Step 1: Identify 3 vendors who are selling the item (or similar item) in or around the convention center
Step 2: Determine each items selling price
Step 3: Determine the current FMV by simply averaging the 3 selling prices
If an HCP can buy a great apple for $1.28 at a stand in the convention center, that is the current FMV!
FMV should also be consistent—a standard cup of coffee is a standard cup of coffee! However to date, cost variability of the same cup of coffee has occurred within the same pharma at the same event as well as among various pharmas at the same event. Here is how:
Example 1: Variance among booths of the same pharma company:
In many cases, this apparent double-standard does not result from arbitrary compliance decisions; rather, it results from a significant variability in, or lack of, employee training and policies/procedures. It is not uncommon for one convention manager to include all direct and indirect costs while another includes direct costs only. The Scheduled FMV and the Local FMV methods will completely eliminate this issue.
At the end of the day, this is going to impact your customer, because it is being publicly reported. Do you really want to give your HCP “sticker shock?” Under PPACA there is a period of 45 days in which an HCP can object to any item that is posted on his/her account by a pharma company. You certainly don’t want to reach that point; Scheduled FMV or Local FMV eliminates the problem.
Educational items, which are distributed to HCPs in the booth, are the next problem area. We all know that the current PhRMA Code prohibits the distribution of practice-related items such as pens, stethoscopes and diaries, but it does allow for the distribution of educational items.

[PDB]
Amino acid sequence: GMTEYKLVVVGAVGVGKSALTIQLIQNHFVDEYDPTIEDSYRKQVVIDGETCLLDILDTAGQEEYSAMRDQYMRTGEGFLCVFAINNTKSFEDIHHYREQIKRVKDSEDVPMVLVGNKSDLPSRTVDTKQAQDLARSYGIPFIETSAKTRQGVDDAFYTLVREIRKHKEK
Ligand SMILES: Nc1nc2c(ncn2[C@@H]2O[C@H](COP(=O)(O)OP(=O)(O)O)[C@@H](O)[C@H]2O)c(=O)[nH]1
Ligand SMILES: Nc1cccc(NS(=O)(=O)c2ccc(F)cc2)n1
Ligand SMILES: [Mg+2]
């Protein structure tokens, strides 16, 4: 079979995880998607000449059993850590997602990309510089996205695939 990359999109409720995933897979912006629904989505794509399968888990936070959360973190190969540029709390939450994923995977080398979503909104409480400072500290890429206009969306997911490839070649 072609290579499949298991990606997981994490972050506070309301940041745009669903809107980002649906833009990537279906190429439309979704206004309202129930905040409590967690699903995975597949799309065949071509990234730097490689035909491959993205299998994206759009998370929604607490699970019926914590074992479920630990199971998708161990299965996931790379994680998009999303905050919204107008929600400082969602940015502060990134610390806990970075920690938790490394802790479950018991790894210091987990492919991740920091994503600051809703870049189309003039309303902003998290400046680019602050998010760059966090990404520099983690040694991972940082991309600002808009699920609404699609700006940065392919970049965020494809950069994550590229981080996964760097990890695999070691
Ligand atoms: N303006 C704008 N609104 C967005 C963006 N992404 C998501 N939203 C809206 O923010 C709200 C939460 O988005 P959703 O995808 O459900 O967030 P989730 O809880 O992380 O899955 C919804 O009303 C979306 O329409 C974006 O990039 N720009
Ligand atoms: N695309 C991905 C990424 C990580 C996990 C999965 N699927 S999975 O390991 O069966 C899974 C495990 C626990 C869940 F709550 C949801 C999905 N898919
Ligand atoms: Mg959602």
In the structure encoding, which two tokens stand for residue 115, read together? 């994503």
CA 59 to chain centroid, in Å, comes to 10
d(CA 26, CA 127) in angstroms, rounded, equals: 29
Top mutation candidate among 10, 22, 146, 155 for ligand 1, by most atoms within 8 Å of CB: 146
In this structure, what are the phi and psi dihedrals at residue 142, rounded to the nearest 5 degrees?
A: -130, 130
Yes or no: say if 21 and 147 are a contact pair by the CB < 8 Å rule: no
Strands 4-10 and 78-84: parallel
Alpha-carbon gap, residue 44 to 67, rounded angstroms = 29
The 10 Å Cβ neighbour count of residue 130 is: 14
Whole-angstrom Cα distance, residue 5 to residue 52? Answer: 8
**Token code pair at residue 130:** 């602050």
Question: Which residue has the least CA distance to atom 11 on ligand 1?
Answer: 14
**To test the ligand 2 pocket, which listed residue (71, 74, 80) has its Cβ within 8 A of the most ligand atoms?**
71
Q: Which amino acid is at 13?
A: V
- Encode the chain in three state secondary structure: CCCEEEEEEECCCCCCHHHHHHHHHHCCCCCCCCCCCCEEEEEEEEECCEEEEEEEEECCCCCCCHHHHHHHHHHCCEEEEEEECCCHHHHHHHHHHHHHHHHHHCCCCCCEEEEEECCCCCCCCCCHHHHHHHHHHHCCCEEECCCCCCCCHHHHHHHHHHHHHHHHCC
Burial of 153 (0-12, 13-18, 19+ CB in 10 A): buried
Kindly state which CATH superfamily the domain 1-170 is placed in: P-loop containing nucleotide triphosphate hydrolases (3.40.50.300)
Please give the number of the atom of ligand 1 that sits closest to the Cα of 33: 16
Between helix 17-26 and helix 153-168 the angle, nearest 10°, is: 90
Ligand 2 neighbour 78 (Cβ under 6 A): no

The overall category “Educational Items” can be divided into HCP educational items and patient educational items; both of which can be further divided into anatomical models, books, other literature, electronic storage media, cloud-delivered educational portals, software, coupons, and many others.
The value of educational items is a very complex matter. Take for example a simple 5 GB flash drive, which is fully locked under PhRMA. This means that the HCP cannot use the flash drive for any personal use and therefore it has no personal value to him or her. It is simply a transport device. If you look-up the street value of a 4 GB flash drive, you will find an average of $12.00. On the other hand, a DVD, with equivalent storage capacity costs around $0.40. Both serve exactly the same transport function; and both are of absolutely no personal value to the HCP.
The value of this educational item is the value of the educational content. If it is strictly for patient use, it is exempt, and not reportable under PPACA. If it is for HCP education, what is its true FMV? Let’s say it cost the pharma $100,000 to develop the content; and they plan to distribute it to 1,000 HCPs. Is the value actually $100.00 per flash drive? Not likely! If they decide to target 100,000 HCPs, is the value $1.00? No again. The actual value is the amount an HCP would expect to pay for similar information using the Internet; and, as we all know, that is a very small amount. CMS’s published schedule need to address these different forms of educational items.
Finally, there is the debate over proration with respect to those educational items, which are designed for both HCP and patient education. To determine the correct value the cost of the patient educational component should be separated out, deducted from the total value, and considered exempt from reporting. Only the incremental HCP educational component should be allocated and then reported on behalf of HCPs. Clear guidance from CMS would also be very appropriate here.
Until the day CMS delivers guidance on the value of these giveaways, it would be to a company’s advantage to create a consistent list of items for conventions, attach a fair market value to those items and use those values throughout the year. This will create consistency in the eyes of any HCP.
In conclusion, the point of all this data collection and reporting is to significantly reduce healthcare costs, not increase them. Guidance documents, safe harbors and other similar tools will allow pharmas to be fully compliant with PPACA and at the same time greatly reduce the cost of compliance.
Joe Scrocco is the president & CEO of OneWorld Inc., a pharmaceutical marketing firm.
Jim Hladnik is the former Convention Manager of Strategic Initiatives for the pharmaceutical group at Abbott Laboratories.